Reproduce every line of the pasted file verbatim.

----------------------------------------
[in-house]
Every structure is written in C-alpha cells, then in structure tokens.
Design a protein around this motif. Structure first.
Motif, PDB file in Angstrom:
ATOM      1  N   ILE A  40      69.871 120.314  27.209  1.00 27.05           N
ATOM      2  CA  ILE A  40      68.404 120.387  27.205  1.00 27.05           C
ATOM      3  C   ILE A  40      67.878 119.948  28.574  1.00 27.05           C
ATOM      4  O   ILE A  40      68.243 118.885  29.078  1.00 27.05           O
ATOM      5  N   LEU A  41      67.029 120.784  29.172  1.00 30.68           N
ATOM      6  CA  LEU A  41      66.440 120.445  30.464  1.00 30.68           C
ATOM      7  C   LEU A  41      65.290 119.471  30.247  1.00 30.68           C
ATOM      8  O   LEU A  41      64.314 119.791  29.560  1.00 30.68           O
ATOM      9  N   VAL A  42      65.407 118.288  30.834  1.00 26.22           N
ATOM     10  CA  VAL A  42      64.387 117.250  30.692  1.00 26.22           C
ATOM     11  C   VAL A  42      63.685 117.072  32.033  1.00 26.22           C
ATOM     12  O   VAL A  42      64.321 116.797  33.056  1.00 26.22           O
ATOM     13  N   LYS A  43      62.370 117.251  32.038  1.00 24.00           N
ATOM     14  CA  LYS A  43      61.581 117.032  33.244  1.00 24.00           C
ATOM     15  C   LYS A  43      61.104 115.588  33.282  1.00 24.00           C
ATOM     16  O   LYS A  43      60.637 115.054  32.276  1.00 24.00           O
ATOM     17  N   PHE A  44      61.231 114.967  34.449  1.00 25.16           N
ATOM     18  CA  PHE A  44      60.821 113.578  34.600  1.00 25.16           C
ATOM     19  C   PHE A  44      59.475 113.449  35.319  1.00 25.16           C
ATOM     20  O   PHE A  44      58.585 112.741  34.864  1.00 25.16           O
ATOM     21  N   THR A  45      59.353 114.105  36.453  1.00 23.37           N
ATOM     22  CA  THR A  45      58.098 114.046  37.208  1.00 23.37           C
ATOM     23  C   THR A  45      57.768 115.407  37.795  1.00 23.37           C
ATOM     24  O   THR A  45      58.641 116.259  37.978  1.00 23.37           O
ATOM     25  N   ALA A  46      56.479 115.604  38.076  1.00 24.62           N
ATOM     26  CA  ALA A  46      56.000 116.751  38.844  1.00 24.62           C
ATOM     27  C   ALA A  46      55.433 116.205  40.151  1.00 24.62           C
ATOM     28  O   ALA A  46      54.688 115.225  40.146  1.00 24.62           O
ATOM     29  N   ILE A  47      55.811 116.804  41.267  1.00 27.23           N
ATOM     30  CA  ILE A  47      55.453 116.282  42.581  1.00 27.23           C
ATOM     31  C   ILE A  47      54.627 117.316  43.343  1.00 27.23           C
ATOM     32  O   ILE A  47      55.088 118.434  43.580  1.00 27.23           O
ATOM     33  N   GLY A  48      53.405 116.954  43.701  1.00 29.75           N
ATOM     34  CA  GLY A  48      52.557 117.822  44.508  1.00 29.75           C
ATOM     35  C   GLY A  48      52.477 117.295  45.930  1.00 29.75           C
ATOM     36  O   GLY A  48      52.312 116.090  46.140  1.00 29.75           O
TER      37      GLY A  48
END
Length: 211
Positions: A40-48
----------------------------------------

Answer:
[in-house]
Every structure is written in C-alpha cells, then in structure tokens.
Design a protein around this motif. Structure first.
Motif, PDB file in Angstrom:
ATOM      1  N   ILE A  40      69.871 120.314  27.209  1.00 27.05           N
ATOM      2  CA  ILE A  40      68.404 120.387  27.205  1.00 27.05           C
ATOM      3  C   ILE A  40      67.878 119.948  28.574  1.00 27.05           C
ATOM      4  O   ILE A  40      68.243 118.885  29.078  1.00 27.05           O
ATOM      5  N   LEU A  41      67.029 120.784  29.172  1.00 30.68           N
ATOM      6  CA  LEU A  41      66.440 120.445  30.464  1.00 30.68           C
ATOM      7  C   LEU A  41      65.290 119.471  30.247  1.00 30.68           C
ATOM      8  O   LEU A  41      64.314 119.791  29.560  1.00 30.68           O
ATOM      9  N   VAL A  42      65.407 118.288  30.834  1.00 26.22           N
ATOM     10  CA  VAL A  42      64.387 117.250  30.692  1.00 26.22           C
ATOM     11  C   VAL A  42      63.685 117.072  32.033  1.00 26.22           C
ATOM     12  O   VAL A  42      64.321 116.797  33.056  1.00 26.22           O
ATOM     13  N   LYS A  43      62.370 117.251  32.038  1.00 24.00           N
ATOM     14  CA  LYS A  43      61.581 117.032  33.244  1.00 24.00           C
ATOM     15  C   LYS A  43      61.104 115.588  33.282  1.00 24.00           C
ATOM     16  O   LYS A  43      60.637 115.054  32.276  1.00 24.00           O
ATOM     17  N   PHE A  44      61.231 114.967  34.449  1.00 25.16           N
ATOM     18  CA  PHE A  44      60.821 113.578  34.600  1.00 25.16           C
ATOM     19  C   PHE A  44      59.475 113.449  35.319  1.00 25.16           C
ATOM     20  O   PHE A  44      58.585 112.741  34.864  1.00 25.16           O
ATOM     21  N   THR A  45      59.353 114.105  36.453  1.00 23.37           N
ATOM     22  CA  THR A  45      58.098 114.046  37.208  1.00 23.37           C
ATOM     23  C   THR A  45      57.768 115.407  37.795  1.00 23.37           C
ATOM     24  O   THR A  45      58.641 116.259  37.978  1.00 23.37           O
ATOM     25  N   ALA A  46      56.479 115.604  38.076  1.00 24.62           N
ATOM     26  CA  ALA A  46      56.000 116.751  38.844  1.00 24.62           C
ATOM     27  C   ALA A  46      55.433 116.205  40.151  1.00 24.62           C
ATOM     28  O   ALA A  46      54.688 115.225  40.146  1.00 24.62           O
ATOM     29  N   ILE A  47      55.811 116.804  41.267  1.00 27.23           N
ATOM     30  CA  ILE A  47      55.453 116.282  42.581  1.00 27.23           C
ATOM     31  C   ILE A  47      54.627 117.316  43.343  1.00 27.23           C
ATOM     32  O   ILE A  47      55.088 118.434  43.580  1.00 27.23           O
ATOM     33  N   GLY A  48      53.405 116.954  43.701  1.00 29.75           N
ATOM     34  CA  GLY A  48      52.557 117.822  44.508  1.00 29.75           C
ATOM     35  C   GLY A  48      52.477 117.295  45.930  1.00 29.75           C
ATOM     36  O   GLY A  48      52.312 116.090  46.140  1.00 29.75           O
TER      37      GLY A  48
END
Length: 211
Positions: A40-48